Remote worker expo to return to London this October
16 September, 2019
Employers are legally required to heed the Health & Safety Executive (HSE)’s guidance that lone workers – employees who work alone bar immediate supervision – “should not be put at more risk than other people working for you”. In practice, however, it can be tricky for employers to ensure this.
This goes some way to justifying the Lone Worker Safety Expo Conference, which will be held in London for the second year running on 15th October 2019. The UK’s HSE itself will be supporting the event, with its Head of the Vulnerable Workers Team the opening speaker.
Wise words from the conference’s opening speaker
The UK has roughly eight million lone workers, Government Europa reports. However, the keynote speaker lined up for the conference, Barbara Hockey of the HSE, acknowledged the absence of “specific regulations for lone workers except for a few very specialised workplaces such as diving”.
This puts the onus on employers to, as the Executive urges, prepare a risk assessment taking account of the precise nature of the work being done. Hockey emphasised how important it was for the employer to “fully understand the work activity and what impact working alone can have – not just physical safety but also the health and wellbeing of employees.”
An overview of what can be expected at the event
The Lone Worker Safety Expo Conference will be held at the Cavendish Square venue of non-profit organisation The King’s Fund in Central London. There, organisations concerned with protecting lone workers will be able to meet up with various experts in the field.
The event’s organiser and host, Nicole Vazquez told Health & Safety Matters: “Last year was extremely well received, with the level of positive feedback being overwhelming. It seems that we hit just the right note, with our combination of education and interaction”.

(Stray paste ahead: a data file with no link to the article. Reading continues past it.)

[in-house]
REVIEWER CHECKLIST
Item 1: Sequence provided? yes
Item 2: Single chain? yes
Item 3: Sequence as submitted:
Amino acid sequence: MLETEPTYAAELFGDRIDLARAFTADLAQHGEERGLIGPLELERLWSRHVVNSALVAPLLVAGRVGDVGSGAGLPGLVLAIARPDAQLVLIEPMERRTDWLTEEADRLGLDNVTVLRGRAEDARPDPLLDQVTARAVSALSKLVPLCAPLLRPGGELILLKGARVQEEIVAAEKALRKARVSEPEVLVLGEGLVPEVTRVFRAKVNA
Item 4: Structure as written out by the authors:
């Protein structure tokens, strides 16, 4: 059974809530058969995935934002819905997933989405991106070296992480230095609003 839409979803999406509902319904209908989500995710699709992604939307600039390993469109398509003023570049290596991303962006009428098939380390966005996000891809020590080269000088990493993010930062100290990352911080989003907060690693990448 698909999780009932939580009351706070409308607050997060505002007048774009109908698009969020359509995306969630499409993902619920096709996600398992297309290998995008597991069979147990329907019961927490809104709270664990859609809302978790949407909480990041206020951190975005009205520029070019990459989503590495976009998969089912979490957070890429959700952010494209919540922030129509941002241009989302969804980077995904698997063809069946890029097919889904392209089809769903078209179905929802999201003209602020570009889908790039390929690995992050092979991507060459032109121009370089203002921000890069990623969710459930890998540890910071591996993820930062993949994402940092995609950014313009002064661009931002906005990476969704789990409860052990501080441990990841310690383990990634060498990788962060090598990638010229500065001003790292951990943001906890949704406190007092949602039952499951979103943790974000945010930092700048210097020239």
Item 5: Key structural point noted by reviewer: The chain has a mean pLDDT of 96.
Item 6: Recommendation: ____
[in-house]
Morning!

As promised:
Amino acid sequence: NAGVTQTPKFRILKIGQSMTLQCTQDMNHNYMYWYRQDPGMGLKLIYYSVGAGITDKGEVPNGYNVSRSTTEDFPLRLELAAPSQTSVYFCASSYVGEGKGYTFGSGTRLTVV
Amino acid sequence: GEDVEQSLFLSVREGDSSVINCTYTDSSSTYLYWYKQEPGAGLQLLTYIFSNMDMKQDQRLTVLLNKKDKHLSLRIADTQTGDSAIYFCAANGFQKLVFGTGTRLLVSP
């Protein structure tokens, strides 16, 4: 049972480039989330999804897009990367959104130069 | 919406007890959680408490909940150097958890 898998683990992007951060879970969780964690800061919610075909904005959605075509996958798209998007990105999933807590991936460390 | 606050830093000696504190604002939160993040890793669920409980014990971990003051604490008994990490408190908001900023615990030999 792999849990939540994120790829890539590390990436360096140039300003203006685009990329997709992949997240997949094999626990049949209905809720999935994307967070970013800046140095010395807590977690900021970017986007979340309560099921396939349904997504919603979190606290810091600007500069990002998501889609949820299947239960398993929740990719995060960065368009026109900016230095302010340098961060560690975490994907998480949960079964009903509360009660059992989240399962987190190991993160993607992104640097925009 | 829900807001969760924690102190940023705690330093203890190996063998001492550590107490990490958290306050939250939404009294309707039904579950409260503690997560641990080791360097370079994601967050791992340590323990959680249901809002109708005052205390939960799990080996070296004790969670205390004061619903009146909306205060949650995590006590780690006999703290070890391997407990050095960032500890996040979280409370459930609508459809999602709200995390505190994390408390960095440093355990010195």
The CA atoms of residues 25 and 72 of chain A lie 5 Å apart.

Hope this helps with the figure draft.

The speakers at this year’s conference are set to cover a range of subjects affecting lone workers, including practical risk mitigation as well as security risks and the mental health implications of working remotely. There will be a strong interactive element to proceedings, including a series of workshops focused on what organisations risk if they fail to meet their legal responsibilities.
Other sessions under The King’s Fund’s roof will see Worthwhile Training teaching how staff can be innovatively trained in defusing aggression for their own protection, as well as CMA Training providing very practical advice on how remote workers can enhance their personal safety while travelling.
Technically speaking: where the right tech can help
Hockey noted: “When considering implementing lone worker systems, many employees rely on a technical solution, but regular testing of how effective the system is and how employees comply is the way to be satisfied if it is working well.”
For the long term, employers could benefit from implementing a complete hosted communications service like Horizon, a business phone system by Gamma that can be tailored and configured to specific requirements. Vazquez has invited attendees of the conference to “come along armed with questions” about various matters related to protecting lone workers.